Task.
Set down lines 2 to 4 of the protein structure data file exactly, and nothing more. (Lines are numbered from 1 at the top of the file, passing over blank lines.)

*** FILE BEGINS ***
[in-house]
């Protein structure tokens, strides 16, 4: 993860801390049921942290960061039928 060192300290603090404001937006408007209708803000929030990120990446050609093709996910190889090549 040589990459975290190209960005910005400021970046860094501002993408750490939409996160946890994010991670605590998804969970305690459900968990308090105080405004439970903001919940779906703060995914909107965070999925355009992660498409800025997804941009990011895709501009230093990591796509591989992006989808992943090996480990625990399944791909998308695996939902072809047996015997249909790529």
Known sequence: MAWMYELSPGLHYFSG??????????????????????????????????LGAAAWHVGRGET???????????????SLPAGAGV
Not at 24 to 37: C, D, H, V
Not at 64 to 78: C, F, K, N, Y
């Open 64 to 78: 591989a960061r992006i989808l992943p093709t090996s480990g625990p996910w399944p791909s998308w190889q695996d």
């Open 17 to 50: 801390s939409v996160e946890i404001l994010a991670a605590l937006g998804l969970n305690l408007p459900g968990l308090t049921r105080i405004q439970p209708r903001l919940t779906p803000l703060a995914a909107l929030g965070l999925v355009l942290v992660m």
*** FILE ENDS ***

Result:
């Protein structure tokens, strides 16, 4: 993860801390049921942290960061039928 060192300290603090404001937006408007209708803000929030990120990446050609093709996910190889090549 040589990459975290190209960005910005400021970046860094501002993408750490939409996160946890994010991670605590998804969970305690459900968990308090105080405004439970903001919940779906703060995914909107965070999925355009992660498409800025997804941009990011895709501009230093990591796509591989992006989808992943090996480990625990399944791909998308695996939902072809047996015997249909790529």
Known sequence: MAWMYELSPGLHYFSG??????????????????????????????????LGAAAWHVGRGET???????????????SLPAGAGV
Not at 24 to 37: C, D, H, V